All of the pressures and temperatures reached during planet formation are now accessible in laboratory experiments.

The cornerstone of our research program is experimental investigation of shock processes in natural materials. The new Shock Compression Laboratory at UC Davis explores fundamental shock processes to increase our understanding of the physics of planetary collisions and to strengthen our interpretation of planetary observations.

EPS Newsletter Feature: Bringing out the Cannons for Planetary Science

The Shock Compression Laboratory is a cutting-edge facility for shock physics experiments. The primary instruments are a 40-mm single stage light gas or powder gun and a 25-mm two-stage light gas gun. We have strong collaborations with scientists at Lawrence Livermore National Laboratory (LLNL) and Sandia National Laboratories (SNL). The technical specifications of the lab are summarized in Stewart and Spaulding (2017).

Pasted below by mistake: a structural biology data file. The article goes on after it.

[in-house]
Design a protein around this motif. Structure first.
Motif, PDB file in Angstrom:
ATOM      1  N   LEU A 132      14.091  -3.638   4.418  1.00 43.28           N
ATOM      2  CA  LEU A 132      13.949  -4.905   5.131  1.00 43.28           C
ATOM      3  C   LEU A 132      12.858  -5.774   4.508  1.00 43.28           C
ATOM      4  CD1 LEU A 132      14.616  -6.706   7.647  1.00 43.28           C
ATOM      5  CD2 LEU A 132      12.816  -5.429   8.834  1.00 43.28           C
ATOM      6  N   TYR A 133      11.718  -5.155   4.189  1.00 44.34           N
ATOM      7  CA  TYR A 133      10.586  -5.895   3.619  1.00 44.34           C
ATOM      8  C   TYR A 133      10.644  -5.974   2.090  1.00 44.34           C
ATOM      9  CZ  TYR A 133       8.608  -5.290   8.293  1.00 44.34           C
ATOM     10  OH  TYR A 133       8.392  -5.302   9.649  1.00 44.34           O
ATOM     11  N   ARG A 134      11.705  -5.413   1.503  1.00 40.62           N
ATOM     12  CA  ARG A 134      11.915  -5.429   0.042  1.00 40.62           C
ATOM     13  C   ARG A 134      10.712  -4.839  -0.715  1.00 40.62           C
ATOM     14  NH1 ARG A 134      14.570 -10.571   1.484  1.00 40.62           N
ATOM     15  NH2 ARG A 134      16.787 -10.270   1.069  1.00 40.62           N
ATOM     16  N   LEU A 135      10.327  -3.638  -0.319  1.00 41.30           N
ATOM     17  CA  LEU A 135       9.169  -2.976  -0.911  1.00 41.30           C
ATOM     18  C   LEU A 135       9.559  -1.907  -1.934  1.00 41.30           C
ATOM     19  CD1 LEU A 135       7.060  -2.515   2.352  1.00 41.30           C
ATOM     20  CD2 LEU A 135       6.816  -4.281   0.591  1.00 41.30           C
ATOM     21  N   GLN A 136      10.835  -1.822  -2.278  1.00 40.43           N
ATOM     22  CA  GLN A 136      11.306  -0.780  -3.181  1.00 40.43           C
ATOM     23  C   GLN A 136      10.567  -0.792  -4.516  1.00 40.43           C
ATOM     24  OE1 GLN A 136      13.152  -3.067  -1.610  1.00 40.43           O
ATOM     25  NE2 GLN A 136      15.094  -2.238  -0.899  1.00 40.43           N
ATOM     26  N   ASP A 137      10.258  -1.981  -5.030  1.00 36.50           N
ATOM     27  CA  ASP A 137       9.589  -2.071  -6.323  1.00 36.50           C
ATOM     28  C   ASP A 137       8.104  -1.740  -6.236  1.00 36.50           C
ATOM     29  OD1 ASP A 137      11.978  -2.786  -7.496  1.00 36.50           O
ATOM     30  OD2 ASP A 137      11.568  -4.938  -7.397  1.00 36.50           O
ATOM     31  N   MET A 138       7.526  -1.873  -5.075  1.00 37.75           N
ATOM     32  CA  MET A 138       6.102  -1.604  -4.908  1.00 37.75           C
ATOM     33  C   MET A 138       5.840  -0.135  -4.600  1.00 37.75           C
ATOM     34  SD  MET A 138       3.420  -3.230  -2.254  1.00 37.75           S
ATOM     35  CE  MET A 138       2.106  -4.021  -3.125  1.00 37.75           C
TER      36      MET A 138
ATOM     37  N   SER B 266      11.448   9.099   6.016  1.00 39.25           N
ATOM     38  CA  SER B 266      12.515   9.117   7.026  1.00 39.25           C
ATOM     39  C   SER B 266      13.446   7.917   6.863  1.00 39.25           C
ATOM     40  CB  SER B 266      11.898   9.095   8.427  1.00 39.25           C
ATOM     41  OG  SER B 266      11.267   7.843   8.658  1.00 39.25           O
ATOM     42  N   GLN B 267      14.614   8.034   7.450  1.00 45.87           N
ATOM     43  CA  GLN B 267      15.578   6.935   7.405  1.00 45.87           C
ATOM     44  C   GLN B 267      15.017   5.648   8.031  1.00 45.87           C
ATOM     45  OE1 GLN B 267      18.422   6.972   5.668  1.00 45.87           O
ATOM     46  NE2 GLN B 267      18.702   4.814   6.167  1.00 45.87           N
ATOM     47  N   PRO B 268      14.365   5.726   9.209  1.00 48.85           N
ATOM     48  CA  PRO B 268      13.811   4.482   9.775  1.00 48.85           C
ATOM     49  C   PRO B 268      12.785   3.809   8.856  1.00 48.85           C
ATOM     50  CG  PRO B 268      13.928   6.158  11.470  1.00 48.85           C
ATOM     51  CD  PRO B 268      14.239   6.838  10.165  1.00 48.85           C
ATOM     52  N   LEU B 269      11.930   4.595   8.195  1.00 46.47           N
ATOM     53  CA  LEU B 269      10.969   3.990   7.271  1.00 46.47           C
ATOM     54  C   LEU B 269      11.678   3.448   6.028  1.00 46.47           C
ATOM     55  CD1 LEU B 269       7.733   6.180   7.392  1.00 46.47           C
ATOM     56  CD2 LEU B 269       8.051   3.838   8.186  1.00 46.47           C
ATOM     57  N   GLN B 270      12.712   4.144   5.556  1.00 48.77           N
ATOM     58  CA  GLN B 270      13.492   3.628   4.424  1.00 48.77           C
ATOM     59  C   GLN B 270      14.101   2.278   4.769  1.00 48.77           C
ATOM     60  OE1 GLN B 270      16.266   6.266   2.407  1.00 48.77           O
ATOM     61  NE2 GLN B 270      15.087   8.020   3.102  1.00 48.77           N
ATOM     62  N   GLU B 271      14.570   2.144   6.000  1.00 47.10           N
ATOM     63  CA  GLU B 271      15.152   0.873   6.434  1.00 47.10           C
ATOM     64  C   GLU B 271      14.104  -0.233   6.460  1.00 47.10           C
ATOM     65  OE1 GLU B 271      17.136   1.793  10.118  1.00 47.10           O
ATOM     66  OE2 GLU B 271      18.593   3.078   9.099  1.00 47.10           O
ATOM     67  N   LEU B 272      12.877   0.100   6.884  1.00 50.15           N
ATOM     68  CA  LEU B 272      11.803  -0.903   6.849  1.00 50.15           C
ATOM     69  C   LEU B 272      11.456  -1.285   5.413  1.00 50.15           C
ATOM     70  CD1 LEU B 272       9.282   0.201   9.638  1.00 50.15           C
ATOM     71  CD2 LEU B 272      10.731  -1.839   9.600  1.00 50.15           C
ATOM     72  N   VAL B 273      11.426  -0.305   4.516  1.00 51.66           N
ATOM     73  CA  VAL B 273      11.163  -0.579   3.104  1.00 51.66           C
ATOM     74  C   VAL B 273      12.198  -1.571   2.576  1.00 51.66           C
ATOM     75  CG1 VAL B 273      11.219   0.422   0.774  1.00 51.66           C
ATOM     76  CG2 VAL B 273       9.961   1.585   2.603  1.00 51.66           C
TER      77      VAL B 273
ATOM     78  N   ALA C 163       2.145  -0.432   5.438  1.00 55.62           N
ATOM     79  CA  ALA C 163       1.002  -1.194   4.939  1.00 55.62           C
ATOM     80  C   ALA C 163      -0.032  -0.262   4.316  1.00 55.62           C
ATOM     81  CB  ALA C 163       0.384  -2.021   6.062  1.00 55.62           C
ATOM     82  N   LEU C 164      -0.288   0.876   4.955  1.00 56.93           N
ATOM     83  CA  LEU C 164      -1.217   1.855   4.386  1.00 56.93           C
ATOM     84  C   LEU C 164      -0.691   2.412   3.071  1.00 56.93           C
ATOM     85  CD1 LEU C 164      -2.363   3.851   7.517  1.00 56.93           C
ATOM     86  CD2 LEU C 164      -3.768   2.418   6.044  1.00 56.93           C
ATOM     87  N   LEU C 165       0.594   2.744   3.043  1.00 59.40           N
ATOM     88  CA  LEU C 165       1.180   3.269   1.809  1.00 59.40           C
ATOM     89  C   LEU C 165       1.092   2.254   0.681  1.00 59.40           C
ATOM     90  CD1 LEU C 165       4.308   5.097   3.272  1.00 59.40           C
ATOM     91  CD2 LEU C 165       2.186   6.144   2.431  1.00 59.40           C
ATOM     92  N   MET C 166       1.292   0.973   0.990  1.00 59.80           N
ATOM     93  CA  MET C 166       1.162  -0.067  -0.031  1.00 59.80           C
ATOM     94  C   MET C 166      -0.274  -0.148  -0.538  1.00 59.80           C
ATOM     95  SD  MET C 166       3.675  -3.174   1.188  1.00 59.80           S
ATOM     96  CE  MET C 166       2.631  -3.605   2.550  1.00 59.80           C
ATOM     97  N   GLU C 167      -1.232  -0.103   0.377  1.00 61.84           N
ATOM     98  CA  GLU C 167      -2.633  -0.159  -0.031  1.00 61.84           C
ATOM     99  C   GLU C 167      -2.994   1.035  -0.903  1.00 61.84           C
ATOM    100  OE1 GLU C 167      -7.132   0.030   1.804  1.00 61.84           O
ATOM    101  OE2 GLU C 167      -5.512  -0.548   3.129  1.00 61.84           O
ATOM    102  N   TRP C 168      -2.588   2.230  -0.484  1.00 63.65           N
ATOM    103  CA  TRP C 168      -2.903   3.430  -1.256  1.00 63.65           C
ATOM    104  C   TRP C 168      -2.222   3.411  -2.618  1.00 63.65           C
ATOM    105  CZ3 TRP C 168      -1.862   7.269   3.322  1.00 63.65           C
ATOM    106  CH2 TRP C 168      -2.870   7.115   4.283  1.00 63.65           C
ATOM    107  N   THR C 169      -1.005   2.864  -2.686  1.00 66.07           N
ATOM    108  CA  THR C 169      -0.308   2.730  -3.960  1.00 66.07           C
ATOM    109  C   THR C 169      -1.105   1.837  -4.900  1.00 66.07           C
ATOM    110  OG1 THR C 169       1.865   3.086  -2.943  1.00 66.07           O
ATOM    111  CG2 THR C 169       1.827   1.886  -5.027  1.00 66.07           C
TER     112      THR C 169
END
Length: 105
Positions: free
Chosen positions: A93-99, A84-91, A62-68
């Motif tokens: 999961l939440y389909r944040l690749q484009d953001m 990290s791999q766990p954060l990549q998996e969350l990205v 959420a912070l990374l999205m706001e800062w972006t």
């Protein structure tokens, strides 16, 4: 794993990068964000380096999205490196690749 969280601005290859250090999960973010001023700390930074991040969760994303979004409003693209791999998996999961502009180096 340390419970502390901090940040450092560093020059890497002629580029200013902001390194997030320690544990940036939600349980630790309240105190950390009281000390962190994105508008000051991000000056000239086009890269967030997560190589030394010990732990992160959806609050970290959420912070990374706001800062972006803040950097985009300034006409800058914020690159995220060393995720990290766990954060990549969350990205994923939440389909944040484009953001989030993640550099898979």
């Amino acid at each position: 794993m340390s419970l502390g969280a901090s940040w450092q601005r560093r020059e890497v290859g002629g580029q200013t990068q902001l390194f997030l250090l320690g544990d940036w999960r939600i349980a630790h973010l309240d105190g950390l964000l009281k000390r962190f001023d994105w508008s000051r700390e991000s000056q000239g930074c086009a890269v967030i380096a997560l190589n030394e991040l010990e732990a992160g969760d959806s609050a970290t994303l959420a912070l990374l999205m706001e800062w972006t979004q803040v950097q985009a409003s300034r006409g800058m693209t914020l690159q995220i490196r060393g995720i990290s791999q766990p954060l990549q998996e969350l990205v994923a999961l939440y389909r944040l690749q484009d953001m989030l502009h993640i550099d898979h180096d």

We are collaborators on a Discovery Science research program at the National Ignition Facility at LLNL to measure the melting curve of iron up to Super-Earth conditions. In the Fundamental Science Program at the Sandia Z Machine, we are measuring the vapor curve of major minerals in rocky planets.

UC Davis Shock Compression Laboratory
under construction

Introduction to the Shock Compression Laboratory at UC Davis.

Gas gun experiments in the Shock Compression Laboratory.

National Ignition Facility at LLNL.

Z Machine at Sandia.